Pico Iyer's book of essays about international locales contends that the modern world-scurrying citizen, pushed by business demands or political migrations, can easily lose both roots and sense of home. Airports have morphed into cities where scores of languages are spoken, thousands work, and millions travel through mazed villages of McDonalds, massage parlors, and self-help groups that twist along for miles; the Dallas-Fort Worth airport alone grabs more space than Manhattan. And city life is no different: Iyer's apartment building also houses an immigration office, banks, four cinemas, dozens of restaurants and nearly 100 boutiques; the technologically plugged-in businessman with whom he stays has five phones across the world, a dozen international bank accounts, and travels more than a pilot.
Whether in Toronto--where in larger schools nearly 80 languages may be heard--London, or at the Olympics in Atlanta, Iyer witnesses the overlapping of hundreds of heterogeneous cultures, often pushed by corporate concerns toward commercial homogeneity and powered by technology that offers an office in the sky. The picture painted by Iyer--himself a confused and well-traveled multicultural citizen--is extreme, sci-fi, and futuristic even though set in the present: a global village turned spinning metropolis, with so many fragments set loose in its gyrations that it threatens to explode the minds of its residents. But even this shell-shocked world traveler finds peace, concluding that a simpler life may be a richer one and that home is simply where the frazzled mind decides it will be. In an era when new frontiers open monthly, when frequent flyer miles serve as currency, and constant change may be a lifestyle demand, Iyer's frantic words and dizzying images may prove as prophetic as Alvin Toffler's Future Shock. --Melissa Rossi
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From Publishers Weekly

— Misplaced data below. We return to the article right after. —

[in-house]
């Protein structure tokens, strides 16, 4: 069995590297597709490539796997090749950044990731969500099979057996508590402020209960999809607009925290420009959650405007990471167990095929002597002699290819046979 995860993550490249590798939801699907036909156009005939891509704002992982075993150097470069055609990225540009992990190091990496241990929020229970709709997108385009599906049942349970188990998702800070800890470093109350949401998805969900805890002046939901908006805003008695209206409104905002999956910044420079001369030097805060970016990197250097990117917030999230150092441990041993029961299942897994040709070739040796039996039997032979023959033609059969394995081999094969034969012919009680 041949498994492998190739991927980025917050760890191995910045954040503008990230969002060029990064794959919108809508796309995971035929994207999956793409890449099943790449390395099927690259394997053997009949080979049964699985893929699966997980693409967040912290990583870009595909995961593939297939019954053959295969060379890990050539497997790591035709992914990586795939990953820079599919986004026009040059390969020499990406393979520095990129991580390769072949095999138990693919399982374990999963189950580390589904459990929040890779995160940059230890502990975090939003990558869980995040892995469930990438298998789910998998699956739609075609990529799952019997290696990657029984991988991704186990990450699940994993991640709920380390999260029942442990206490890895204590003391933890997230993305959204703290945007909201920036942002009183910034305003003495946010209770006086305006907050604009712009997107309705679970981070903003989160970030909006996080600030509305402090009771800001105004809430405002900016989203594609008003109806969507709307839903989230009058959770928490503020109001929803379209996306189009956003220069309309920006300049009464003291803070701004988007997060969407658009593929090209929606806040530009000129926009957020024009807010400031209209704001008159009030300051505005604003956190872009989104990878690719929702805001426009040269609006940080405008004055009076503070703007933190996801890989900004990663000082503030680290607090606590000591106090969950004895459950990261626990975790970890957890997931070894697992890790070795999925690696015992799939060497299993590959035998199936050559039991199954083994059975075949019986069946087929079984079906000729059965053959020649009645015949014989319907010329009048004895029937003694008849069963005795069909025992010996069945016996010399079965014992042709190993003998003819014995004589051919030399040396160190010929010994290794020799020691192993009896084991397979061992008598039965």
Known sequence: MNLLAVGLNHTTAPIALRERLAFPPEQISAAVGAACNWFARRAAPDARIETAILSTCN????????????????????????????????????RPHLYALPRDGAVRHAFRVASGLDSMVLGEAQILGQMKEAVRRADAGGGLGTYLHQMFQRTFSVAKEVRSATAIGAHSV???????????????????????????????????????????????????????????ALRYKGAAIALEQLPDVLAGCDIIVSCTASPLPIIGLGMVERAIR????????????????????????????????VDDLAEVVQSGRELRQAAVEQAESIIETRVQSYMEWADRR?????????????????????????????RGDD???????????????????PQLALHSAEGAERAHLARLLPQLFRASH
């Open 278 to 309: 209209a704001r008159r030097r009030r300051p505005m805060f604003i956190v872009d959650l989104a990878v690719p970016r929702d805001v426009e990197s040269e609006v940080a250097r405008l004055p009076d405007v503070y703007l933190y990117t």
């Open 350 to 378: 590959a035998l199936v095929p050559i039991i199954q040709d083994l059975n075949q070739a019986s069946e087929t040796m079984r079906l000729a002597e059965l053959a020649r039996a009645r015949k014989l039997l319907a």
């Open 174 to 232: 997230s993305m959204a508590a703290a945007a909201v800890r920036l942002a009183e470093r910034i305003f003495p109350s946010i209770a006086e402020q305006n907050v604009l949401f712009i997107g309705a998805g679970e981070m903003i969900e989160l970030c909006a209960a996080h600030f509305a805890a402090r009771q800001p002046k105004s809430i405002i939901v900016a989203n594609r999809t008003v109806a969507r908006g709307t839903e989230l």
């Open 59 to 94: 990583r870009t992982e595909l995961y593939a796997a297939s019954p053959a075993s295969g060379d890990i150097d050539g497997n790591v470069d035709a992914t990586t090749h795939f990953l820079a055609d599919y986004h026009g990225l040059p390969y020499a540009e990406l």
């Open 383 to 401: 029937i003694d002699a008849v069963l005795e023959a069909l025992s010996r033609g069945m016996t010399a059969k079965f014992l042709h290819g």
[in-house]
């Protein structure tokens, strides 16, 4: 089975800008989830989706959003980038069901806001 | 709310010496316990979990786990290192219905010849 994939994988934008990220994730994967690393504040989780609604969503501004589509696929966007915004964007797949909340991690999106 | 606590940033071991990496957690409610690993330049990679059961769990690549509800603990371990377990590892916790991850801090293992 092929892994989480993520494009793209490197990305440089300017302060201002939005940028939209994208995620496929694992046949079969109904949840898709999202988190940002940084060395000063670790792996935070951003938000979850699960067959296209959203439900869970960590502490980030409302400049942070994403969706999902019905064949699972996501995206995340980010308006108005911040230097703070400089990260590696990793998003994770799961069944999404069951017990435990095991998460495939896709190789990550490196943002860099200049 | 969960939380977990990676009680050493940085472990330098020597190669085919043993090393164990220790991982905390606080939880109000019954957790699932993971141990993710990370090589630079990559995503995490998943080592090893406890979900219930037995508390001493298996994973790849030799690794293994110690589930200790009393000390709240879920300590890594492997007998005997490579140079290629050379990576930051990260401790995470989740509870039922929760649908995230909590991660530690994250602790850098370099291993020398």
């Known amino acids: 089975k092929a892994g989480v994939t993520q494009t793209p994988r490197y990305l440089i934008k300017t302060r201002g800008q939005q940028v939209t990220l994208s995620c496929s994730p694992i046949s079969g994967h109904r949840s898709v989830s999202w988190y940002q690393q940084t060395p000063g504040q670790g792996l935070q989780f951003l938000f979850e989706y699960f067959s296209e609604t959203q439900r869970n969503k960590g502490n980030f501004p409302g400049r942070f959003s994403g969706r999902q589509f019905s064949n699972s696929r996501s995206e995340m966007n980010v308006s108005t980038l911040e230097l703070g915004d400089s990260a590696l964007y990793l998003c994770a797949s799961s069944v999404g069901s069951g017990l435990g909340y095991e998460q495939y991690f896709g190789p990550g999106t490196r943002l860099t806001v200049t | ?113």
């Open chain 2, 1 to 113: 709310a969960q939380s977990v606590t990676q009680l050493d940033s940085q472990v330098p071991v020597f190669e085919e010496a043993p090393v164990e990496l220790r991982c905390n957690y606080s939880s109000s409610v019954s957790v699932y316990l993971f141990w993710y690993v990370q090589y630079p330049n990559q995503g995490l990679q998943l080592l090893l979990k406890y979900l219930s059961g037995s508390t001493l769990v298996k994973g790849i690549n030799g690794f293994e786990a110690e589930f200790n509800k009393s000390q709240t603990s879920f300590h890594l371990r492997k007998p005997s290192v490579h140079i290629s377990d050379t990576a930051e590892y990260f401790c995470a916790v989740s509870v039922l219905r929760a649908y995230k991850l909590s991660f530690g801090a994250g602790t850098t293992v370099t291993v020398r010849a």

A swirl of locations, time zones and cultures marks Iyer's (Video Night in Katmandu) breathless look at today's world, where borders are passed through as quickly as an airport gift shop. To the author, the concept of the global soul is flexible. It could mean someone who, like the international consultant who carries five different plane tickets at all times, calls the road home, or it could represent the citizen who combines a multicultural past with an equally colorful present. "For a Global Soul like me--for anyone born in several cultures--the challenge in the modern world is to find a city that speaks to as many of our homes as possible," Iyer writes. (An ethnic Indian, Iyer grew up in England and the U.S.; today he splits his time between California and Japan.) He blends an exploration of people like himself with the places they inhabit--the netherworld that is an airport, cities separated from their pasts like Hong Kong, the ethnic m?lange of Toronto and the improbable urbanity of Olympic-host Atlanta. Many of these locales are at once Everyplace and No Place, and Iyer deftly captures the rootlessness of those who dwell there. As he does in his magazine pieces, Iyer brings a fine spiritual current to his writing, and his descriptive talents are unsurpassed, even if he lets his mouth hang open a little too wide marveling at the postmodernism of it all.
Copyright 2000 Reed Business Information, Inc.
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